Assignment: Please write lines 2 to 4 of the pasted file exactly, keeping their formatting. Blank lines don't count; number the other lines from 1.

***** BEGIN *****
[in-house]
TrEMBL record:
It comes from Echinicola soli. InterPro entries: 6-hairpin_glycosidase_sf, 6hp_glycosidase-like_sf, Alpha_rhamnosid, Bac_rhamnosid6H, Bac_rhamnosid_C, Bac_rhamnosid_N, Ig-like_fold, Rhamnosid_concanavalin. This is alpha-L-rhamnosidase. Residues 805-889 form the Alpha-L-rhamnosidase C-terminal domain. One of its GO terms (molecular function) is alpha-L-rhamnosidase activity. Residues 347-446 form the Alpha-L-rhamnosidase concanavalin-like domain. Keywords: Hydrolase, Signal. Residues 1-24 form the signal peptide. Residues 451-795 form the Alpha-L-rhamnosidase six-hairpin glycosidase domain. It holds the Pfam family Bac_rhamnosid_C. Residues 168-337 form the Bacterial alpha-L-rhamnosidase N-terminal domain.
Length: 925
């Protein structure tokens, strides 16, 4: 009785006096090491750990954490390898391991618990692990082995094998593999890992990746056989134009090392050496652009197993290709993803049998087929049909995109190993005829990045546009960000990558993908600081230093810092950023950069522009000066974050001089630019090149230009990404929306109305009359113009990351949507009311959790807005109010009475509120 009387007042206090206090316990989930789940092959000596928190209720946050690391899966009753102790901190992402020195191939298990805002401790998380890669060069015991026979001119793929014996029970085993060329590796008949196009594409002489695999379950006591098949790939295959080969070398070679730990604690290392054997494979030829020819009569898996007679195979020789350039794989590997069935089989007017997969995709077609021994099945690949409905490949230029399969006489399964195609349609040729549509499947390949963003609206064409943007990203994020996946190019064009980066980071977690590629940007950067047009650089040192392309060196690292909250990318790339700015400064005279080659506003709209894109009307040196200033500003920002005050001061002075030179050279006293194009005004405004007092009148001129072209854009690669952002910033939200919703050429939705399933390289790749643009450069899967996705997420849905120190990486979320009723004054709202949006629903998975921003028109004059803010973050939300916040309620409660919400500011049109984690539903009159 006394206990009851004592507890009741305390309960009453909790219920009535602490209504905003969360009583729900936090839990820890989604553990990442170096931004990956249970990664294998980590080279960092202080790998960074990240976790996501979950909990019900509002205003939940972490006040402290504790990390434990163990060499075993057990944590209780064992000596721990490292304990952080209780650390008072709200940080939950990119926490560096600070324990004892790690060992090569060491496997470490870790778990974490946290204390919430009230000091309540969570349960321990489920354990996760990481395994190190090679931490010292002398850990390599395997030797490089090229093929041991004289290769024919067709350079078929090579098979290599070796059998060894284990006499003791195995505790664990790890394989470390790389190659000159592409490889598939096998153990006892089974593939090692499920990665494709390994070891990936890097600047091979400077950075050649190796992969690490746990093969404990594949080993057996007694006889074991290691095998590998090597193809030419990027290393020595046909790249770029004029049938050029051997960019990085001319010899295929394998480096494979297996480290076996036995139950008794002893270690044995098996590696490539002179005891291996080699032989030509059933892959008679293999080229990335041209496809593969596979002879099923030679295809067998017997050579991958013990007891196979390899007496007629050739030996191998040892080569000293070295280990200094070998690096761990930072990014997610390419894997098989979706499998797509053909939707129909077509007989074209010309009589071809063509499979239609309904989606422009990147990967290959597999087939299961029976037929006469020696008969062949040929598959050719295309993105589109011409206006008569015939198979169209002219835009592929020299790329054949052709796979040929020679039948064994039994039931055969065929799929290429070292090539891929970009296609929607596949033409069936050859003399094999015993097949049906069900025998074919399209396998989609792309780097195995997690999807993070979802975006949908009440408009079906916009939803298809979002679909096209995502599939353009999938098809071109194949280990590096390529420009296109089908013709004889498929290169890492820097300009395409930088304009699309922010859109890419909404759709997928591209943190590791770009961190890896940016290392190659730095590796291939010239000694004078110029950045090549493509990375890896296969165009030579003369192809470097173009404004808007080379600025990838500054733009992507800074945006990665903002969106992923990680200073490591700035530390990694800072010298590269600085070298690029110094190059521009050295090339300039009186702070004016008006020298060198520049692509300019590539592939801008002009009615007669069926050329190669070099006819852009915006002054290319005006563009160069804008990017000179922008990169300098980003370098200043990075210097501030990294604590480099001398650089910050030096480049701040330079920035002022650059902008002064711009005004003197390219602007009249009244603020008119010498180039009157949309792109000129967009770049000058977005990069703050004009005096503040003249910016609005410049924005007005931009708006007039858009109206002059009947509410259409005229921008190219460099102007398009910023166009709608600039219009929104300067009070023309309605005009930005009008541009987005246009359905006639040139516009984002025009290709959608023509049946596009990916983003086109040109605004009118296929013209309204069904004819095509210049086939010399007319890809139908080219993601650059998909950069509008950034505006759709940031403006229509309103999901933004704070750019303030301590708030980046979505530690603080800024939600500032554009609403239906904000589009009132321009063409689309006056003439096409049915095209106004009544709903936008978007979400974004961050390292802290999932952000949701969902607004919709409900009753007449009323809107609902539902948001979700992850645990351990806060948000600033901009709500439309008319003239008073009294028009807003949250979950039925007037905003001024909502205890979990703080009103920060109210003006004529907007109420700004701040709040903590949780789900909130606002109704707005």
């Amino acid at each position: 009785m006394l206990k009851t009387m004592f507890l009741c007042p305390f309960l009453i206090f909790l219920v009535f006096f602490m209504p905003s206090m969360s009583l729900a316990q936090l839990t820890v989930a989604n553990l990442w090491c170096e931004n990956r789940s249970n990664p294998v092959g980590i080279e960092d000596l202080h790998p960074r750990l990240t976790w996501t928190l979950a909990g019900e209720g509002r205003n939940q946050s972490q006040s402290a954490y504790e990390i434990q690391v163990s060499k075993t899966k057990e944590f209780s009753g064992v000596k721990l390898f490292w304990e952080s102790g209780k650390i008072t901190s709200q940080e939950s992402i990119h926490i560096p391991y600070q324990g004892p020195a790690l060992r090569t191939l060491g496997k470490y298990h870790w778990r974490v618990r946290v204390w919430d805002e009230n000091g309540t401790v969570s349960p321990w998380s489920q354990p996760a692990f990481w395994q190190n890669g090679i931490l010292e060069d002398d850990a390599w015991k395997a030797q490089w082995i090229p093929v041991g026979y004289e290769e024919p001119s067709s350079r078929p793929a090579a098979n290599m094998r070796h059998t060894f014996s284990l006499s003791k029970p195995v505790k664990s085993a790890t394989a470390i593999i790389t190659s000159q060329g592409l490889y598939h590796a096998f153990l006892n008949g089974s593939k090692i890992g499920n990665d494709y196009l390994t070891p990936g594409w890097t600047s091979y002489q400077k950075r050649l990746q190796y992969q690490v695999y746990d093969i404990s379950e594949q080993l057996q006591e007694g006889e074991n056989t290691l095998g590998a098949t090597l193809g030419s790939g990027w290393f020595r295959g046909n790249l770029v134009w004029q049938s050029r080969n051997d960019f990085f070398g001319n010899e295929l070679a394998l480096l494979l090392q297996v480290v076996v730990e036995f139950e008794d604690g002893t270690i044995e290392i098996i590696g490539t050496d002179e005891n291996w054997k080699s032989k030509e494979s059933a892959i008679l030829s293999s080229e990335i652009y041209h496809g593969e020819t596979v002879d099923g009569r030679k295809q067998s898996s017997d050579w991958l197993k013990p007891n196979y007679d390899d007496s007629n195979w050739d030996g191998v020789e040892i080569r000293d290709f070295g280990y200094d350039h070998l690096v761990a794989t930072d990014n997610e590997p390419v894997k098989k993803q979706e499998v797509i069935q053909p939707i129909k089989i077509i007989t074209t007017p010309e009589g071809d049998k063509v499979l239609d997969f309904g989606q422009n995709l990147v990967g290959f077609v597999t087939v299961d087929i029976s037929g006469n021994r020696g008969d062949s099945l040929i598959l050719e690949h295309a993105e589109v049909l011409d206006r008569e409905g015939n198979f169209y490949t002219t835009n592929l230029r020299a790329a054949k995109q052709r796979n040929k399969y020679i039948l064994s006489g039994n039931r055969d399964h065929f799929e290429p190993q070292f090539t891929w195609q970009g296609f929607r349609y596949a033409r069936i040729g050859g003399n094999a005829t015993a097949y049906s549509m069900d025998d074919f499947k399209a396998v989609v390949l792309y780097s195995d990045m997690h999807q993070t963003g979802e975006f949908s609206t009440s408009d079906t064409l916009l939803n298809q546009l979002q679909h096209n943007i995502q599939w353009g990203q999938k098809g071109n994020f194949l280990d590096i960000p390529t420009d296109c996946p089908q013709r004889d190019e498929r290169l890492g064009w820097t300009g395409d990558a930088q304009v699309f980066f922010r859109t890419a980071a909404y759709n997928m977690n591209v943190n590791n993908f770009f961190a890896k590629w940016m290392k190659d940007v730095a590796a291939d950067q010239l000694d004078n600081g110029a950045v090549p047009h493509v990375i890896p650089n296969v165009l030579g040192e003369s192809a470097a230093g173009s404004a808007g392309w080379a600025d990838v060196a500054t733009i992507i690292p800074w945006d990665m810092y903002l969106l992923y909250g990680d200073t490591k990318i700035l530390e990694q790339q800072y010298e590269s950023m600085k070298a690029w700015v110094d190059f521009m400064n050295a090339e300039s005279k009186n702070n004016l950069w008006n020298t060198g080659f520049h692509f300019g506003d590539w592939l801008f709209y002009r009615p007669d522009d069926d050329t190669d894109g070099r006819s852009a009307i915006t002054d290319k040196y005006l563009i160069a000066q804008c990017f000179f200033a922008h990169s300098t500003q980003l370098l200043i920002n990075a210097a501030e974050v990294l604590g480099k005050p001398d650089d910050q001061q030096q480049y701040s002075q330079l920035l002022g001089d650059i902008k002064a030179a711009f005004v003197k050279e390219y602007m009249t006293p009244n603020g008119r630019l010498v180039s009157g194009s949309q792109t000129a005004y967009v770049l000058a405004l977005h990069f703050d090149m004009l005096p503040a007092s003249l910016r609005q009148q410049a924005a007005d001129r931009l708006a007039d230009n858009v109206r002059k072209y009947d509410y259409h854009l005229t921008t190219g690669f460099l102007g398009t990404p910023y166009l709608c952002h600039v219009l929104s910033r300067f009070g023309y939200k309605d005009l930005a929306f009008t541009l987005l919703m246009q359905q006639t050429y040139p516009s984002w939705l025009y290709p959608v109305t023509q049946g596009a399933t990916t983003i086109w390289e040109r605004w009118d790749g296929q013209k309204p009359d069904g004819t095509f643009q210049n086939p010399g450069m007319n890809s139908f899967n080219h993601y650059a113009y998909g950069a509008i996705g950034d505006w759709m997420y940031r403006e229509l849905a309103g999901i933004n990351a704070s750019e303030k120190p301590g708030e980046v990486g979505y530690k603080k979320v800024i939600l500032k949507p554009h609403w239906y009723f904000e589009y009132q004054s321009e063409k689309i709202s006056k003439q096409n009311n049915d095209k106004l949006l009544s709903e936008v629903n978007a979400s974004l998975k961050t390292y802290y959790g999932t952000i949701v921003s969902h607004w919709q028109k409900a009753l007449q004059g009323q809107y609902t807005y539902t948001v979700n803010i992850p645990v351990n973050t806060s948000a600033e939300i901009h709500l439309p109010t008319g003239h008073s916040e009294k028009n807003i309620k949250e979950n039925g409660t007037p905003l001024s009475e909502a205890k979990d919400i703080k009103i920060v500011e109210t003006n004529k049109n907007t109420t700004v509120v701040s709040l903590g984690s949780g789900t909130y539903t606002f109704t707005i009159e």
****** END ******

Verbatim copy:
TrEMBL record:
It comes from Echinicola soli. InterPro entries: 6-hairpin_glycosidase_sf, 6hp_glycosidase-like_sf, Alpha_rhamnosid, Bac_rhamnosid6H, Bac_rhamnosid_C, Bac_rhamnosid_N, Ig-like_fold, Rhamnosid_concanavalin. This is alpha-L-rhamnosidase. Residues 805-889 form the Alpha-L-rhamnosidase C-terminal domain. One of its GO terms (molecular function) is alpha-L-rhamnosidase activity. Residues 347-446 form the Alpha-L-rhamnosidase concanavalin-like domain. Keywords: Hydrolase, Signal. Residues 1-24 form the signal peptide. Residues 451-795 form the Alpha-L-rhamnosidase six-hairpin glycosidase domain. It holds the Pfam family Bac_rhamnosid_C. Residues 168-337 form the Bacterial alpha-L-rhamnosidase N-terminal domain.
Length: 925